Everything you need to know about winter evergreen care

In Northern Virginia, it’s hard to maintain plants in harsh winters. But evergreens thrive in the cold, and are easy to take care of—just read these expert tips first.

browning evergreen tree
Photo courtesy of the Davey Tree Expert Company

Winter is coming. For many gardeners and homeowners that love a lush backyard, the upcoming season can seemingly be a downer. But not all plants wither away after the first frost. Evergreens, five of which grow naturally in Virginia, are best to plant for winter greenery in our region. We spoke with Joe Beall, the Northern Virginia district manager of the Davey Tree Expert Company to get expert tips on how to best maintain your evergreens this season.

First, which evergreens are best to plant in this region?
Eastern white pines, Eastern red cedar, American holly, rhododendron, Eastern hemlock.

Can evergreens be planted indoors in pots?
Potted evergreens are usually seen outdoors but can be brought inside the house during most of the year. If you water, feed and give them proper sun requirements—your evergreen can live many years. Juniper, boxwood white cedar and yew are a few that will do well indoors. 

What’s the biggest challenge of growing evergreens?
Winter desiccation (moisture loss) can cause discoloration and defoliation that are detrimental to the plants’ health and aesthetics.

What is the best strategy to protect evergreens and winter plants from harsh winter weather or infestation?
If the tree is just suffering from dehydration, a protective spray for evergreens is a quick fix. Anti-desiccant, a waxy coating sprayed on plants to shield them from moisture loss, can help with dryness. Your arborist should wait until temperatures drop to 40 to 50 degrees Fahrenheit with no rain in the forecast for at least 24 hours. 

If the tree is experiencing sun scald, wrap bark in burlap to keep it warm and protect it from winter elements. If you think your tree is infested with a pest, call in an arborist for a free consultation. In many cases, using an insecticide or pruning away infected branches will get your tree back in shape. Finally, if it’s just natural, check in with your arborist to see if it’s safe to prune browning branches for a better appearance. This way, if there is a problem, they can spot it and develop a treatment plan.

How do you know when a tree is dying and should be removed?
Get outside, look at your evergreens and keep your eyes peeled for browning. Evergreen trees naturally shed old needles as part of their growing cycle. When buds break and branches elongate, the interior foliage has done its job and will die off. Since trees have a finite amount of energy, they want to prioritize the needles that can get sunlight to complete photosynthesis. Typically, if your tree has brown needles on the interior, then that’s part of their natural growing cycle. To confirm that, check if the soil is moist to the touch and ensure there are no signs of an infestation or infection. If your tree passes those checkpoints, it’s likely OK.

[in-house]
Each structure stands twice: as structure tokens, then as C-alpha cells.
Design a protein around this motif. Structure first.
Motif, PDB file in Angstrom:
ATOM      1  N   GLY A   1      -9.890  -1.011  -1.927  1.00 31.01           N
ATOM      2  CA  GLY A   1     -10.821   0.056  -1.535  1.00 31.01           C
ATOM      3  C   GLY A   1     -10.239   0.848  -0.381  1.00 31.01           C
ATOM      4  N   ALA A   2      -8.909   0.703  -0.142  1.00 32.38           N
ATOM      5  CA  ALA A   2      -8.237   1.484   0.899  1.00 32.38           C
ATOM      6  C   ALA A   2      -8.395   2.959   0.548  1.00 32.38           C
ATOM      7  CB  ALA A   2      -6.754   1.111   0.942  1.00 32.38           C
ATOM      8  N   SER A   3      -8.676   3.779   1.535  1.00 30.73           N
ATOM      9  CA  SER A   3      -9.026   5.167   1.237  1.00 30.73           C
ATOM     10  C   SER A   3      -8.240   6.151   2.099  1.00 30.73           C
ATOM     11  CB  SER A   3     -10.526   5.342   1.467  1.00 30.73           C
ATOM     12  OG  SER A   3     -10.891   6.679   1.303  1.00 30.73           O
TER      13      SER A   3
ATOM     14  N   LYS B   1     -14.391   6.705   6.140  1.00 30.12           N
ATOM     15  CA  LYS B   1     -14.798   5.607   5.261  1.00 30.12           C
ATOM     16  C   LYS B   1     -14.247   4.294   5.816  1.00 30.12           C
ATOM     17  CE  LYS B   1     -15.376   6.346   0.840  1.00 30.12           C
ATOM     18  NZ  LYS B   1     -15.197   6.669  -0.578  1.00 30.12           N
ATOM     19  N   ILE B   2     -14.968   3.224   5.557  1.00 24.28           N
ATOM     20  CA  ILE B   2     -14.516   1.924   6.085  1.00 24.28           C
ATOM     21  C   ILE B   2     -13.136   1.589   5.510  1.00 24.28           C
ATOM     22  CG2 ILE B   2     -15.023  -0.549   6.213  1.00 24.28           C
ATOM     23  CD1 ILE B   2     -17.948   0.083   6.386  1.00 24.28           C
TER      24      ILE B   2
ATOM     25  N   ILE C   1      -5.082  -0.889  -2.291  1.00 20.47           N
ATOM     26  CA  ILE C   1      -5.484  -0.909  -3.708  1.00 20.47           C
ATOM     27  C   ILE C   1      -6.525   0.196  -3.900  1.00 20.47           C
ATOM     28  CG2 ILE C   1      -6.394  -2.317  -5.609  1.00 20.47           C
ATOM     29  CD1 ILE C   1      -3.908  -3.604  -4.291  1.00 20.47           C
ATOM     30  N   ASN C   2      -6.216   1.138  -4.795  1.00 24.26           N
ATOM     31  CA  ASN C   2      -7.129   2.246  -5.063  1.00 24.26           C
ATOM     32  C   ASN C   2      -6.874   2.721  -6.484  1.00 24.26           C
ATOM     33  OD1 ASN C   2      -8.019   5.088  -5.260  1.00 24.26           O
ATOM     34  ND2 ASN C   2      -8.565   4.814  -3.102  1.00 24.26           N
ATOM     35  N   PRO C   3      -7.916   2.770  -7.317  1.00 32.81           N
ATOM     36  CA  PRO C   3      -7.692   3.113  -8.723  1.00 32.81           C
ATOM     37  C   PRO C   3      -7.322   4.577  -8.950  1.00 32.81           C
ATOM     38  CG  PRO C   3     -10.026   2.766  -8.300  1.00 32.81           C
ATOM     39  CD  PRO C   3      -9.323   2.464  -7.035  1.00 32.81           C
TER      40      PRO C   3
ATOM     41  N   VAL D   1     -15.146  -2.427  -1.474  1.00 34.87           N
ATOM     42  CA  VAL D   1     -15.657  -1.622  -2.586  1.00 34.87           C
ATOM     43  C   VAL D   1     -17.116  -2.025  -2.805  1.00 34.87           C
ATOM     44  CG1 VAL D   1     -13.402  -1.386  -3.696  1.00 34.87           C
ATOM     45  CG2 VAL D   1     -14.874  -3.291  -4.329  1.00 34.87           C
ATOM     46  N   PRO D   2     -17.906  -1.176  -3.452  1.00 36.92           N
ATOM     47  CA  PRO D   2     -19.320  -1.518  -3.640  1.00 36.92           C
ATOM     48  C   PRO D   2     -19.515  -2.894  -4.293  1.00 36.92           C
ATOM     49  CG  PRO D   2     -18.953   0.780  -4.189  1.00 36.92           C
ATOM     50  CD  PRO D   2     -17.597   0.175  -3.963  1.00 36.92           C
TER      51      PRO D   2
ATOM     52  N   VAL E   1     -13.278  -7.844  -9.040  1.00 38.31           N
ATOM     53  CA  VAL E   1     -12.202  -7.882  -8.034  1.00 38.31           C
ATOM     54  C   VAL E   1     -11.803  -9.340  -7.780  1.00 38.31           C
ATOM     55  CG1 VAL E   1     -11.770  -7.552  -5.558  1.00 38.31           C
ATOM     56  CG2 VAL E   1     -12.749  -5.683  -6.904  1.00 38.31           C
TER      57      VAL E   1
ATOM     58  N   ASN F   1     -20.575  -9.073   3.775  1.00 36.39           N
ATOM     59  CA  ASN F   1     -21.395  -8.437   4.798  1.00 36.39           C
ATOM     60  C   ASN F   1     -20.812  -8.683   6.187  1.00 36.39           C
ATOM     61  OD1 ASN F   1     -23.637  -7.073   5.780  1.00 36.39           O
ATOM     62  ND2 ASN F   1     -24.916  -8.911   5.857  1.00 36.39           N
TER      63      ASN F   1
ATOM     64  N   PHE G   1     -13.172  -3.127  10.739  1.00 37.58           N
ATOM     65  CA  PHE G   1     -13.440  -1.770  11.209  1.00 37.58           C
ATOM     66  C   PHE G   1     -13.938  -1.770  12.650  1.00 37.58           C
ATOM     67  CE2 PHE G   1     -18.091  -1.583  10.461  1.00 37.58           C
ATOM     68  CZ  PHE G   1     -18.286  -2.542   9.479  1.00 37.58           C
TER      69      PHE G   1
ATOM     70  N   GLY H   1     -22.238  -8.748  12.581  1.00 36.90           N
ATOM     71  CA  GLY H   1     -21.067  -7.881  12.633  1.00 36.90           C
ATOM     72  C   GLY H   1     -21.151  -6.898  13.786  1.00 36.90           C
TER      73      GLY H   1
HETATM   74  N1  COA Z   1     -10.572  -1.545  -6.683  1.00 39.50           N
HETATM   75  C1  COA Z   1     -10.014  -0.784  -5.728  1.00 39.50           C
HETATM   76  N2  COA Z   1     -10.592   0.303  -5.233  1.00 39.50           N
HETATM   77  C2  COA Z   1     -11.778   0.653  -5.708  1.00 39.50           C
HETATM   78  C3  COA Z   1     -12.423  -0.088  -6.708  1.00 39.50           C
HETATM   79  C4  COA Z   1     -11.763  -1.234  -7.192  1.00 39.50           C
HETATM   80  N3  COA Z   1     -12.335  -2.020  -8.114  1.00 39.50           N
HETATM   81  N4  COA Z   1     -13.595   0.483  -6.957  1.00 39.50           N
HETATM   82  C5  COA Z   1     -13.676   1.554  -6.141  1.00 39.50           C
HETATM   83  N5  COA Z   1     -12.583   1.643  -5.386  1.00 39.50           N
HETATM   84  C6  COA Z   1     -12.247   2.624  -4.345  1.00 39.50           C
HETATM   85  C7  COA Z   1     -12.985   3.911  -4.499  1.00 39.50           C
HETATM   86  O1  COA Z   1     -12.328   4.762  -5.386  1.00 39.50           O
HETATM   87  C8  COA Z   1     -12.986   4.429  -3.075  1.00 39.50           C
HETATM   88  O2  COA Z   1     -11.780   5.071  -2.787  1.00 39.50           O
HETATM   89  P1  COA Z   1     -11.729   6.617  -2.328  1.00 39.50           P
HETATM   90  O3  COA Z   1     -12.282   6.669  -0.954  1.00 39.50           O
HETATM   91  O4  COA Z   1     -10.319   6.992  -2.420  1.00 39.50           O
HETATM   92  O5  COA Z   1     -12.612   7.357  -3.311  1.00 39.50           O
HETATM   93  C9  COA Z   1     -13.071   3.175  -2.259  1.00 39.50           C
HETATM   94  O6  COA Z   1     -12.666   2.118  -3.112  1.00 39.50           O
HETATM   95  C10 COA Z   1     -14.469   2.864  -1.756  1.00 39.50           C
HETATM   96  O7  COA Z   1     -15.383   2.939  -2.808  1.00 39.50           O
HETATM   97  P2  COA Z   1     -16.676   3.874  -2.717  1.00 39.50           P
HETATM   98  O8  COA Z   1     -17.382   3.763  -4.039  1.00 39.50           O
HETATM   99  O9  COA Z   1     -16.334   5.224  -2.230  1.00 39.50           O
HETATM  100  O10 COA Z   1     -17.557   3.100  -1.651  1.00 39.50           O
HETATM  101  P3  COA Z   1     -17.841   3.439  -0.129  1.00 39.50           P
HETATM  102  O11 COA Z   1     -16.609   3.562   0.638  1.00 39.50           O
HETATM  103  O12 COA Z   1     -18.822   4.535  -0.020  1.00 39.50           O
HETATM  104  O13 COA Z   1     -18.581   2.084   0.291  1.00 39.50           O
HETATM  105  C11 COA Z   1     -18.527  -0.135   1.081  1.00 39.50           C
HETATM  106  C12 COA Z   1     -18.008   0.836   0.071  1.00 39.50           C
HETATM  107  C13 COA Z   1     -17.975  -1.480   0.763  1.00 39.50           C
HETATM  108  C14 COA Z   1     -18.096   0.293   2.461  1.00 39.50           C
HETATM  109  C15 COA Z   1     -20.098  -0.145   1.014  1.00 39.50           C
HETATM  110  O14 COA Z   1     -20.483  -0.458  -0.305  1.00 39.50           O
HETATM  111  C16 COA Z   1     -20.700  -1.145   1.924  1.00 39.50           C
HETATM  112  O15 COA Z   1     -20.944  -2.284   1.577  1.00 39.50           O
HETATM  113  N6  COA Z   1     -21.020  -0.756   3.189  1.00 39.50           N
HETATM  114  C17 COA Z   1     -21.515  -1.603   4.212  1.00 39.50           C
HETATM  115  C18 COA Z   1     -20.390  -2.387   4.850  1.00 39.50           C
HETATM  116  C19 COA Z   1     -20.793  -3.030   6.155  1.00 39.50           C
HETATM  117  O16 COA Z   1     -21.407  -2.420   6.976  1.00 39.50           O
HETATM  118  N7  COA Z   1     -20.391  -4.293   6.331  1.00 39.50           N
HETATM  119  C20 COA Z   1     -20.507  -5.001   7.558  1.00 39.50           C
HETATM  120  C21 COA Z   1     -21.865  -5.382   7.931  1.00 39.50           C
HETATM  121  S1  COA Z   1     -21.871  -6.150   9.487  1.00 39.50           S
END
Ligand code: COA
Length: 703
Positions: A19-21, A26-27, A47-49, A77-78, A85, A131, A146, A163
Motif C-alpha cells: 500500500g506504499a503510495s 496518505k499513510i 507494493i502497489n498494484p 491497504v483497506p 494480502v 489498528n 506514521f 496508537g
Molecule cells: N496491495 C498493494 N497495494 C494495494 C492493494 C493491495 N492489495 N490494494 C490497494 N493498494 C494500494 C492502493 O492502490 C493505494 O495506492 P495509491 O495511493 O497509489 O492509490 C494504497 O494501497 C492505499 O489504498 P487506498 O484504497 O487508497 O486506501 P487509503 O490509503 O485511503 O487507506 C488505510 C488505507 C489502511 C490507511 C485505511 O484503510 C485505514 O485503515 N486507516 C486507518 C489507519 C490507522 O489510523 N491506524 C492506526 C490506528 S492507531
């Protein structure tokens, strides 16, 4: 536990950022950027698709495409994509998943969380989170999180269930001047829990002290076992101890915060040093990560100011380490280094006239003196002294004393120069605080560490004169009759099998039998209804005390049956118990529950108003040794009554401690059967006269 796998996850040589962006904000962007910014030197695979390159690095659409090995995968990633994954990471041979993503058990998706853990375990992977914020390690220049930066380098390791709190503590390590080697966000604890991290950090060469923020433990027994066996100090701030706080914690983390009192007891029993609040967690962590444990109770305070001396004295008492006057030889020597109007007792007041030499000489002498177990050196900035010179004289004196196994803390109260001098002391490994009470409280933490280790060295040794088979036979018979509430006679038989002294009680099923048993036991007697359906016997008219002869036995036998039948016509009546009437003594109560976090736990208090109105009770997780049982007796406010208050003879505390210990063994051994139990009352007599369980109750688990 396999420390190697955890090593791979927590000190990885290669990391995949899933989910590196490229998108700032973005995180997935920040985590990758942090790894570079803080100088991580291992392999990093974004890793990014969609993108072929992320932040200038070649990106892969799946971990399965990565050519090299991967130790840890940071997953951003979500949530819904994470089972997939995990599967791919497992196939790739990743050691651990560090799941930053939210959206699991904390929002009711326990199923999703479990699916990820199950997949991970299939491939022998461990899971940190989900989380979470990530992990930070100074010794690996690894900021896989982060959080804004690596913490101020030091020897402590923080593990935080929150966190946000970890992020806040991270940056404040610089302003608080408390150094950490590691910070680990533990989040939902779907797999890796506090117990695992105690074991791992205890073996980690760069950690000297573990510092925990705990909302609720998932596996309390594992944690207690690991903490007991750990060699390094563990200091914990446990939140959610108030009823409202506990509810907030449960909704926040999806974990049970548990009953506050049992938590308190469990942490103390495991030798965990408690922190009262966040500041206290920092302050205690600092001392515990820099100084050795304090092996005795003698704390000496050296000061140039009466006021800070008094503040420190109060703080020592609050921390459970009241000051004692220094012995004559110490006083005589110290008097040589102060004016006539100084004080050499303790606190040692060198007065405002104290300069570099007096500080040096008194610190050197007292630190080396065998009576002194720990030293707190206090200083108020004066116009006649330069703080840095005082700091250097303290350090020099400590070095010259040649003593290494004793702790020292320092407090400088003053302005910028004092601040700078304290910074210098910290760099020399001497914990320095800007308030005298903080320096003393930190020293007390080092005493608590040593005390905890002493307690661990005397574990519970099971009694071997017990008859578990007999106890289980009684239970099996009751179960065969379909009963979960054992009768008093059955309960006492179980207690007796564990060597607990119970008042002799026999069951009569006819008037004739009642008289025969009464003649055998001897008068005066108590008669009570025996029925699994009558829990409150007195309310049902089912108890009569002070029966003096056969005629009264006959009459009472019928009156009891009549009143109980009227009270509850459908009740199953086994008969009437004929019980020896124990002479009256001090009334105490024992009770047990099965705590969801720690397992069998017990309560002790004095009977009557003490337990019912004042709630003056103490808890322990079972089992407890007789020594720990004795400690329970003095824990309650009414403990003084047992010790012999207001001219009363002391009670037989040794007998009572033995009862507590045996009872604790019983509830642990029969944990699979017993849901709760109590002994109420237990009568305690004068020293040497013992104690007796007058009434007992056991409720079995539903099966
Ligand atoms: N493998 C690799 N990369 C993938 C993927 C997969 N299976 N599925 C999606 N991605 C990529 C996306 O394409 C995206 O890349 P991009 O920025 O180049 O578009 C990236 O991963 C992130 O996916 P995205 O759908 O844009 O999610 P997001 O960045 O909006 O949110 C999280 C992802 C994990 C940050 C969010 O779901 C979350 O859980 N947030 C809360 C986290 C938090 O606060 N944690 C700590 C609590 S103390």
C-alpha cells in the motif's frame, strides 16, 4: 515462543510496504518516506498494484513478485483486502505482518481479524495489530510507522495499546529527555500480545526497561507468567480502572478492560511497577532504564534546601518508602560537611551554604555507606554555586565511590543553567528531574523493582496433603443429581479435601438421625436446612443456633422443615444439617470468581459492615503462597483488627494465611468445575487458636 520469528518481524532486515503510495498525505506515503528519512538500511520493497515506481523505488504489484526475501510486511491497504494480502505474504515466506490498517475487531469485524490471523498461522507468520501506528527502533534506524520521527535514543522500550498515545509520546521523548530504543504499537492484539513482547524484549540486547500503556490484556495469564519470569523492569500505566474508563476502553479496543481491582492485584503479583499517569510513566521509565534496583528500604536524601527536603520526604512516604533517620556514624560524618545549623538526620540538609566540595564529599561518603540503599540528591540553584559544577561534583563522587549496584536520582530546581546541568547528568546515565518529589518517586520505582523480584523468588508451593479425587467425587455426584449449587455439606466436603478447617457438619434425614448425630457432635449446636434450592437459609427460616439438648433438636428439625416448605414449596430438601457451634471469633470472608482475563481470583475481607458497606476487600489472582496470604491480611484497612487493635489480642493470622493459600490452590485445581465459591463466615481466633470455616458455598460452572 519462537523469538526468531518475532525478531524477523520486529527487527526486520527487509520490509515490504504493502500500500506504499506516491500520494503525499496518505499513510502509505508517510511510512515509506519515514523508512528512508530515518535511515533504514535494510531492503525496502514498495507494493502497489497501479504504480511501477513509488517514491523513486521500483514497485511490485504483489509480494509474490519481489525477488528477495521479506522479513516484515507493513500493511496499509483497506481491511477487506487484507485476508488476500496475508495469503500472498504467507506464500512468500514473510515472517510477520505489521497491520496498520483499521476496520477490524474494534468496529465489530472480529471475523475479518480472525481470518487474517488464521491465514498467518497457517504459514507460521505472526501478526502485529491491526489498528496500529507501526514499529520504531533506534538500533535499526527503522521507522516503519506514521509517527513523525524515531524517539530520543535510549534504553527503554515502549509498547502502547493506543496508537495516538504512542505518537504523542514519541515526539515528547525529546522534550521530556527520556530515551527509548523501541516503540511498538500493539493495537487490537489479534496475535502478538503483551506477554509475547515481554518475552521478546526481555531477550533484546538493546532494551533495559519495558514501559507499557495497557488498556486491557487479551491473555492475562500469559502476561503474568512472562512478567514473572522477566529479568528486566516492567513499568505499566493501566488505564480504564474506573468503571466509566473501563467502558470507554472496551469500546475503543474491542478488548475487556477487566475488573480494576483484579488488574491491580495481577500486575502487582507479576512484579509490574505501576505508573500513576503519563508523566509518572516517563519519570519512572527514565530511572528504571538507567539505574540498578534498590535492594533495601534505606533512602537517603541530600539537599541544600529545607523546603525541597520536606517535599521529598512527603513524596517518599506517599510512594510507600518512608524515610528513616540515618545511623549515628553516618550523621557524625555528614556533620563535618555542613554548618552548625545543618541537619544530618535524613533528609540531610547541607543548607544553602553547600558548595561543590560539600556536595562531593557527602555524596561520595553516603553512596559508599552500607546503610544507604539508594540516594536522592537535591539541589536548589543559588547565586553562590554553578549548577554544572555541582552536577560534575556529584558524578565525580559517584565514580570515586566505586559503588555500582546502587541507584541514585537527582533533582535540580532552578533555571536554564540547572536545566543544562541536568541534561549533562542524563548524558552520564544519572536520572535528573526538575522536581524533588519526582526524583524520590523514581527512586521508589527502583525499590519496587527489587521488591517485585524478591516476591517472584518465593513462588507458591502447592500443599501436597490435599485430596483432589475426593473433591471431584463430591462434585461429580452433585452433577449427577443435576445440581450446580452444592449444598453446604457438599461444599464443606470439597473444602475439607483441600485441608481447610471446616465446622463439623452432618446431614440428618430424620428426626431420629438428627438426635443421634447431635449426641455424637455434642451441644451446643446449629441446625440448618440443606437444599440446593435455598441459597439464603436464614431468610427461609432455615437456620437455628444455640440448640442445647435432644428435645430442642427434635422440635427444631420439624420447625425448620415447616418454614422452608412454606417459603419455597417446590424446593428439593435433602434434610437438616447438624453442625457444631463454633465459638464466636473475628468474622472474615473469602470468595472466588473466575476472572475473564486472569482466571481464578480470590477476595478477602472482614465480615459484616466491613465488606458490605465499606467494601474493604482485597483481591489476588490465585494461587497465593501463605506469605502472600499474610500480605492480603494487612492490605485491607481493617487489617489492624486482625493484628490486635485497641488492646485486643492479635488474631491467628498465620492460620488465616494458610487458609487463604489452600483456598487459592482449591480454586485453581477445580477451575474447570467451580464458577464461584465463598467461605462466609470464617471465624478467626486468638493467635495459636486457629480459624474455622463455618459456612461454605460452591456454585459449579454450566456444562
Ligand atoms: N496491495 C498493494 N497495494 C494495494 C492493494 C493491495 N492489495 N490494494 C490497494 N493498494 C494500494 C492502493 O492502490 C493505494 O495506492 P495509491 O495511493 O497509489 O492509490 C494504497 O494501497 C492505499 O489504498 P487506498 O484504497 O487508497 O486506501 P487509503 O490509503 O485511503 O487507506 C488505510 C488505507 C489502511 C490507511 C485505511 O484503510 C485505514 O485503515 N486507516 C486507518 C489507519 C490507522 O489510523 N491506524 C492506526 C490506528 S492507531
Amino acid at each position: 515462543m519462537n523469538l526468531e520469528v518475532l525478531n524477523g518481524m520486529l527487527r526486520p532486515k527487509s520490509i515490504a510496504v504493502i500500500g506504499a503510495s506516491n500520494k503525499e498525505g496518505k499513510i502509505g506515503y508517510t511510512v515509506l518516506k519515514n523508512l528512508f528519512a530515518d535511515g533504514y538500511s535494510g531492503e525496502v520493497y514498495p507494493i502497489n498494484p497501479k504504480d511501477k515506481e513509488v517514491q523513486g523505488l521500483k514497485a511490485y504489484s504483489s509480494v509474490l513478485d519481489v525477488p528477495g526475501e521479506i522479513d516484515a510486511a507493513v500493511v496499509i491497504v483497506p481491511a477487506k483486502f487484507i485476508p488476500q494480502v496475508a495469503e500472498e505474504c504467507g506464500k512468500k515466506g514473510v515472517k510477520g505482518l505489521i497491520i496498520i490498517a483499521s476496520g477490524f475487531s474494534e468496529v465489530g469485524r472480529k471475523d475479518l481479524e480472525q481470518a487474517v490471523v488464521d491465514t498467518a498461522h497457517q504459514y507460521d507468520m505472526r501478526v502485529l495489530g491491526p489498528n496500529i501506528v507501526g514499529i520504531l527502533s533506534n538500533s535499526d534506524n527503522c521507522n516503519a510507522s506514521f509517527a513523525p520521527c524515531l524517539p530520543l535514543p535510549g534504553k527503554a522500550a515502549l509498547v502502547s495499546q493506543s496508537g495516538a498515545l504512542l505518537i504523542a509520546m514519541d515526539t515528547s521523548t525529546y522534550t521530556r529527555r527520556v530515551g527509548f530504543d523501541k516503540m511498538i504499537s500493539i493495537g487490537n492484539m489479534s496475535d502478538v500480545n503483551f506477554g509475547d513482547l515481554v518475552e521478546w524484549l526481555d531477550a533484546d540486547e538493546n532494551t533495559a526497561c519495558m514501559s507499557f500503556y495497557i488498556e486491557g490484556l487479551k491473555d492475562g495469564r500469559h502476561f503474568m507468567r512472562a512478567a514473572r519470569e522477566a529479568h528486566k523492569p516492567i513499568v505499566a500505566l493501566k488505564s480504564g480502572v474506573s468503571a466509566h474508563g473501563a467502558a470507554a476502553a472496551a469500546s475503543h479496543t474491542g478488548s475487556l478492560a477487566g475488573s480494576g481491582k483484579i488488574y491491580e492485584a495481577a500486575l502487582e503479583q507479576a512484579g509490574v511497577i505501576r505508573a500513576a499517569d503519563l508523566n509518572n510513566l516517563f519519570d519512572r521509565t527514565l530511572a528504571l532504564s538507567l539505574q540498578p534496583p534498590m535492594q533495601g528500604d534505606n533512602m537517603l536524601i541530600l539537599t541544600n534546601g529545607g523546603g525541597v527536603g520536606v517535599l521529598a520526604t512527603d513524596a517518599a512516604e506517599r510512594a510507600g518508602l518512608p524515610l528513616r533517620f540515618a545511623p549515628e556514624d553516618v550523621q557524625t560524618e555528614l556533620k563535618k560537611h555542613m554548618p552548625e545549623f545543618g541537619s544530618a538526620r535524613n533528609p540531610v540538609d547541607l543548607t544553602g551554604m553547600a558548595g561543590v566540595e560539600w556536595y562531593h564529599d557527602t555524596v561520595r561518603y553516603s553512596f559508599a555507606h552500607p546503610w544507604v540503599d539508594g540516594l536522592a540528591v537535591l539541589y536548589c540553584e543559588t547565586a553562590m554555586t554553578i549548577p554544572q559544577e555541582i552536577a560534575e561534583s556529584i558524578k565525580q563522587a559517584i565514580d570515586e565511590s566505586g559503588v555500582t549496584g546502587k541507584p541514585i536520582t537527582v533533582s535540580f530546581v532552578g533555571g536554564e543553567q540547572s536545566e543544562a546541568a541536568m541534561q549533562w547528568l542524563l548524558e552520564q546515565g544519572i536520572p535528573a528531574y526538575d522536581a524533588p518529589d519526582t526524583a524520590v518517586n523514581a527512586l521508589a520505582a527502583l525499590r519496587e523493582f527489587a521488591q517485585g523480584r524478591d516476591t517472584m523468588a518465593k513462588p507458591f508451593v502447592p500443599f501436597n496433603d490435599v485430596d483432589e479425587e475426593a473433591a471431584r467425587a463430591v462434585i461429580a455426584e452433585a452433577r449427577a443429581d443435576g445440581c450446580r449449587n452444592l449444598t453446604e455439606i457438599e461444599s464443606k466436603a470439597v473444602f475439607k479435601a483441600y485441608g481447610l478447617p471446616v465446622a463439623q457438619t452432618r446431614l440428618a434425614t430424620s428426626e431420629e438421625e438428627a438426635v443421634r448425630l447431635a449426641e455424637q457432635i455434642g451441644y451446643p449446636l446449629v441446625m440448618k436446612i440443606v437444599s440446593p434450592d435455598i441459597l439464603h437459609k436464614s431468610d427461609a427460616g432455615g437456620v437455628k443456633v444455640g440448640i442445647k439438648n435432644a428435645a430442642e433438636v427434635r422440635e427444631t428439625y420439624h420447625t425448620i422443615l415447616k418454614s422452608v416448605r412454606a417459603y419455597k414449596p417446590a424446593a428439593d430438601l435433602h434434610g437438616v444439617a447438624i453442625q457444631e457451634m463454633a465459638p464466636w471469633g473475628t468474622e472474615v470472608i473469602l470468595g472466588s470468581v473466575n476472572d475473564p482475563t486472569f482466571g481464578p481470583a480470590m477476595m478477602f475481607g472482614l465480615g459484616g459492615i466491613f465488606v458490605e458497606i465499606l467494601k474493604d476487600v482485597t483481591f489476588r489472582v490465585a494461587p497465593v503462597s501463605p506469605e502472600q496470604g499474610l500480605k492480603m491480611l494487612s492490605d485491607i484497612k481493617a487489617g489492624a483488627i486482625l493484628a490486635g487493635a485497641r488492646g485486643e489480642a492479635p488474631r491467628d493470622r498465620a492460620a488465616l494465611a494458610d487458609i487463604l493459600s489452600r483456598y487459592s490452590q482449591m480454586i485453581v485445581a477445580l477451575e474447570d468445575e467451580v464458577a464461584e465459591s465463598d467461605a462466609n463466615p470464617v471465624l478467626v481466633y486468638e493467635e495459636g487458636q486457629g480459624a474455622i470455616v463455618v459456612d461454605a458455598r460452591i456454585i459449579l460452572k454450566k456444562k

On the flip side, if you see brown needles along the tree’s margin or exterior, then you need to investigate that more. It could be one of three things:

  • Dry soil: Winter is tough on trees, but evergreens are especially vulnerable. Roots rely on water stored in tree needles once the ground freezes. The tree’s water stash can drain quickly, causing the needles to turn brown from dryness.
  • Sunny days: Known as sun scald, needles in direct sunlight turn uniformly brown because of the extra water loss. You may also see dead or dried areas of bark.
  • An infecting intruder: Evergreens attract a few common pests and diseases, like the pine beetle or cytospora canker disease. Browning needles can be a symptom of infection. If you suspect that, also look for small holes, sawdust or large cankers leaking white sap on branches.

What should our readers do to their trees now before the first snowfall of the season?
If you suspect a pest or disease, a local tree expert or arborist will need to deliver an advanced diagnosis and course of treatment. That will detail a timeline, which will differ from tree to tree. If you see something odd or worrisome, it’s best to have an expert come take a look as soon as you see it. Most reputable tree companies (including Davey) offer consultations for free. An arborist will help diagnose the problem and determine the best course of action.

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